Army veteran Ian Getty sits down with us to talk about launching his cyber security career after 14 years in the military and eight years working in private security.
On this edition of the TechVets podcast, we sat down with Ian Getty, a former Royal Irish Regiment infanteer whose skill set has shifted over the years to suit military service, private jobs, and the modern tech career world.
Ian is currently a Level 1 SOC Analyst at CYSIAM, a leading UK cyber security company. To learn how he got there after a 14 year long military career, keep reading or stream the podcast here:
Ian’s army career began in 1999 and took him to Iraq, Afghanistan, Kosovo and beyond. For him, as for many of us, the relentless pace of back-to-back tours and deployments had a big impact on his mental health in the years that followed.
“I started to show signs of PTSD,” he shares on the podcast. “I probably had the big symptom of anxiety for about two years before I left [a private security job], where I was doing patrols when I shouldn’t have been nervous and feeling sick…you’re trying to hold it in, so you’re spending every day trying not to show that you do not want to be here.”
If you’ve been affected by the issues he mentions, don’t struggle alone. OP Courage has fast, free and specialised mental health support for Armed Forces veterans, service-leavers and reservists. You can also speak to someone anytime (24/7, 365 days a year) by ringing Combat Stress at 0800 138 1619.
Thriving in Cyber Security as a Veteran
While on sick leave, Ian found out he wouldn’t be cleared to go back and continue his overseas security work.
“I had no idea what was going to happen next,” he recalls. “Suddenly I was in the real world after sort of 20 years’ experience going around these places like Iraq and Afghanistan and really trying to work out ‘what do I do with that?’”
He took every training opportunity available to him, first in low coding and then in cyber security once (in his words) “I realised I hated low coding.”
Ian says he is lucky to have found James at TechVets for help networking and translating his work experience into tech employability.
“The Army’s not completely non-technical. I was infantry and we did technical stuff,” he explains. “There’s people in [the military] that are really going to bring those skills to wherever they go, but perhaps they just don’t know they’ve got them or how to translate them…and I think the soft skills are on top of that, that’s the bonus.”
To highlight the right skills, Ian had to master his own CV writing techniques. He ended up using the TechVets CV review around the time he was hired by CYSIAM in his current role, and recommends others take advantage of the service asap.
“I mean if you can get that sorted right off the bat at the start so that’s not something you’re worrying about, that’s another bonus.”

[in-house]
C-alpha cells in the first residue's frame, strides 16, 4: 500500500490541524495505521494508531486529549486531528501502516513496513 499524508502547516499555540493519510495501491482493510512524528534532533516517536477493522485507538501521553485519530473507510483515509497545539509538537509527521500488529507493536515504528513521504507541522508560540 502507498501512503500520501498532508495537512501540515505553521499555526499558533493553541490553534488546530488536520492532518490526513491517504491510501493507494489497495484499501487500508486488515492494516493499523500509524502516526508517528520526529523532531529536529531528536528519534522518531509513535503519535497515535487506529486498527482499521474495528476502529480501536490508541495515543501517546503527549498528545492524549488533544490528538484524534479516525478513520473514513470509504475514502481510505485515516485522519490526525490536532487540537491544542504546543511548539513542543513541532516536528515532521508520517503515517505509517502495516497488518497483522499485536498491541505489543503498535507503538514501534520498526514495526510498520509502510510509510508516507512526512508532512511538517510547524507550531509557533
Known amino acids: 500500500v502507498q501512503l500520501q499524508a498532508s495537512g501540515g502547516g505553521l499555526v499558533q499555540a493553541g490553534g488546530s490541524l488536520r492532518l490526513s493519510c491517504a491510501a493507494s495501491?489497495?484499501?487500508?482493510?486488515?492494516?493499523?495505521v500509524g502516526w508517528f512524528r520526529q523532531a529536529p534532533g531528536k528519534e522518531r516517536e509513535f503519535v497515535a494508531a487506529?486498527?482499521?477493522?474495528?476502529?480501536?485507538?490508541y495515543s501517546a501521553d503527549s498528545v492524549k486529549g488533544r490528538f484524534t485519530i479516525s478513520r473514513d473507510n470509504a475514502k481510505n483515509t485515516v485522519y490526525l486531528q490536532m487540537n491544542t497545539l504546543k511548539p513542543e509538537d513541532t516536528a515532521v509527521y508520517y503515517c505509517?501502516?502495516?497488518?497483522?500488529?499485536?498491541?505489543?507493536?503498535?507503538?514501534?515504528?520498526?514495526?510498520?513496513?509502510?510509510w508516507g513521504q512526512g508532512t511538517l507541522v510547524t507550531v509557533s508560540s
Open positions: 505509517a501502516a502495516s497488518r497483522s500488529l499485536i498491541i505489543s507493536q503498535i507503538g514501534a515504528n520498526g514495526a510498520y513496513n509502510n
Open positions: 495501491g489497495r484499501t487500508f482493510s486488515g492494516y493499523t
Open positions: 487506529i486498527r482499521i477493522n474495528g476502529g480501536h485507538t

His employer CYSIAM is a veteran founded, veteran owned company that hires both veterans and civilians. They are one of many leading UK tech companies that actively seek out veterans to employ. If you’ve been concerned about getting your foot in the door and being accepted, the cyber security world is more welcoming than you might expect.
“It’s not like a them and us sort of a field, definitely not. I suppose it’s something like you get in the military where the junior ranks join together, and then the next rank up, there’s not tension” Ian says. “I don’t think you would be able to notice the difference if you came in from the outside and had a look.”
RELATED: How to Find Tech and Cyber Security Careers After Military Service
Ian’s Advice for Service-Leavers in Cyber Security
Ian had very little formal education, but CYSIAM saw his value and now he’s growing while working with them. In his role, he’s encouraged to pursue the company’s training targets involving certain cyber security qualifications. One is Splunk training which he’s now earning free through TechVets.
RELATED: TechVets Receives $75K Workforce Development Grant from Splunk
Practical qualifications can go a long way toward securing your own second career in cyber and technology. From Ian’s perspective, “when people leave the military, there’s a real hunger for proper qualifications. I know so many people with Master’s degrees or they’re going for degrees…” but technical qualifications can be fast tracks to competitive jobs, too.
While he says the job hunt can be “pretty soul destroying,” he reminds ex-Forces job seekers that their backgrounds already set them up for success.
“It’s hard to get, I mean it is that lived experience,” says Ian on the podcast. “If you’ve went through something like Afghanistan, you’re going to survive as an SOC.”
Whether protecting others with a rifle or a laptop, security is security. If you’ve got military experience, it’s likely you’ll take to cyber security quite smoothly like Ian.
“I think everything I understand in my brain is just an analogy with the old security,” he shares. “You know, a firewall’s like a big concrete wall. Some stuff gets in, some stuff doesn’t. That’s how I get my head around tech.”
If you’ve been inspired by his story and could consider retraining through TechVets, head over to techvets.co/our-offer/ to learn more. You can get more career advice at the link below.
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As a veteran or Service leaver you can access mental health support from: